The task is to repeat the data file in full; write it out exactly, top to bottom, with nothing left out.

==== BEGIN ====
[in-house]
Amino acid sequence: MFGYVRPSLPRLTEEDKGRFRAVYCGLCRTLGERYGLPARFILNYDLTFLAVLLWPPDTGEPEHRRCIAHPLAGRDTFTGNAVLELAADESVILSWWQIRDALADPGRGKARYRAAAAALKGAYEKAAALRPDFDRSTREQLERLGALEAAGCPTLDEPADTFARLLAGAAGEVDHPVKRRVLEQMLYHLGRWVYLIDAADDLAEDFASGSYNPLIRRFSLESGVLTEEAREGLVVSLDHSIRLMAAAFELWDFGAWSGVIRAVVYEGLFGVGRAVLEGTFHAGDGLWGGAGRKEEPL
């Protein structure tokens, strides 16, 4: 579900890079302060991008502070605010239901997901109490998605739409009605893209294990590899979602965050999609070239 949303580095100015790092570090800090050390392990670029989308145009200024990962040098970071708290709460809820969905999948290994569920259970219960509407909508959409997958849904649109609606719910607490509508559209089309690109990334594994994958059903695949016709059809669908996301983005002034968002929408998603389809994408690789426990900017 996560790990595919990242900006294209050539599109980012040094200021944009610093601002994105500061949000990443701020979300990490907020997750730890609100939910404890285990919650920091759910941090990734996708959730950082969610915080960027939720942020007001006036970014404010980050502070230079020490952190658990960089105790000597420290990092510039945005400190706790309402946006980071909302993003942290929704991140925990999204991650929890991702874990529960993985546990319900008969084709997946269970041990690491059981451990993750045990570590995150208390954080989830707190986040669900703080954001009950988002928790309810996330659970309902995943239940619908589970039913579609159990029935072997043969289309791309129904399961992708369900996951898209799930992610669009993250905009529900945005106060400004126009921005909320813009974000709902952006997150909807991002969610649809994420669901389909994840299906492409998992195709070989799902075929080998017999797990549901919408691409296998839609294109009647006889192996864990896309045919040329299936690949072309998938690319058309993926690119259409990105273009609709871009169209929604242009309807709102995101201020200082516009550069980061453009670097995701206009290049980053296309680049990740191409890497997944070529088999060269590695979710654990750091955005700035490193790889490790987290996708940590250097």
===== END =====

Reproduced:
[in-house]
Amino acid sequence: MFGYVRPSLPRLTEEDKGRFRAVYCGLCRTLGERYGLPARFILNYDLTFLAVLLWPPDTGEPEHRRCIAHPLAGRDTFTGNAVLELAADESVILSWWQIRDALADPGRGKARYRAAAAALKGAYEKAAALRPDFDRSTREQLERLGALEAAGCPTLDEPADTFARLLAGAAGEVDHPVKRRVLEQMLYHLGRWVYLIDAADDLAEDFASGSYNPLIRRFSLESGVLTEEAREGLVVSLDHSIRLMAAAFELWDFGAWSGVIRAVVYEGLFGVGRAVLEGTFHAGDGLWGGAGRKEEPL
């Protein structure tokens, strides 16, 4: 579900890079302060991008502070605010239901997901109490998605739409009605893209294990590899979602965050999609070239 949303580095100015790092570090800090050390392990670029989308145009200024990962040098970071708290709460809820969905999948290994569920259970219960509407909508959409997958849904649109609606719910607490509508559209089309690109990334594994994958059903695949016709059809669908996301983005002034968002929408998603389809994408690789426990900017 996560790990595919990242900006294209050539599109980012040094200021944009610093601002994105500061949000990443701020979300990490907020997750730890609100939910404890285990919650920091759910941090990734996708959730950082969610915080960027939720942020007001006036970014404010980050502070230079020490952190658990960089105790000597420290990092510039945005400190706790309402946006980071909302993003942290929704991140925990999204991650929890991702874990529960993985546990319900008969084709997946269970041990690491059981451990993750045990570590995150208390954080989830707190986040669900703080954001009950988002928790309810996330659970309902995943239940619908589970039913579609159990029935072997043969289309791309129904399961992708369900996951898209799930992610669009993250905009529900945005106060400004126009921005909320813009974000709902952006997150909807991002969610649809994420669901389909994840299906492409998992195709070989799902075929080998017999797990549901919408691409296998839609294109009647006889192996864990896309045919040329299936690949072309998938690319058309993926690119259409990105273009609709871009169209929604242009309807709102995101201020200082516009550069980061453009670097995701206009290049980053296309680049990740191409890497997944070529088999060269590695979710654990750091955005700035490193790889490790987290996708940590250097």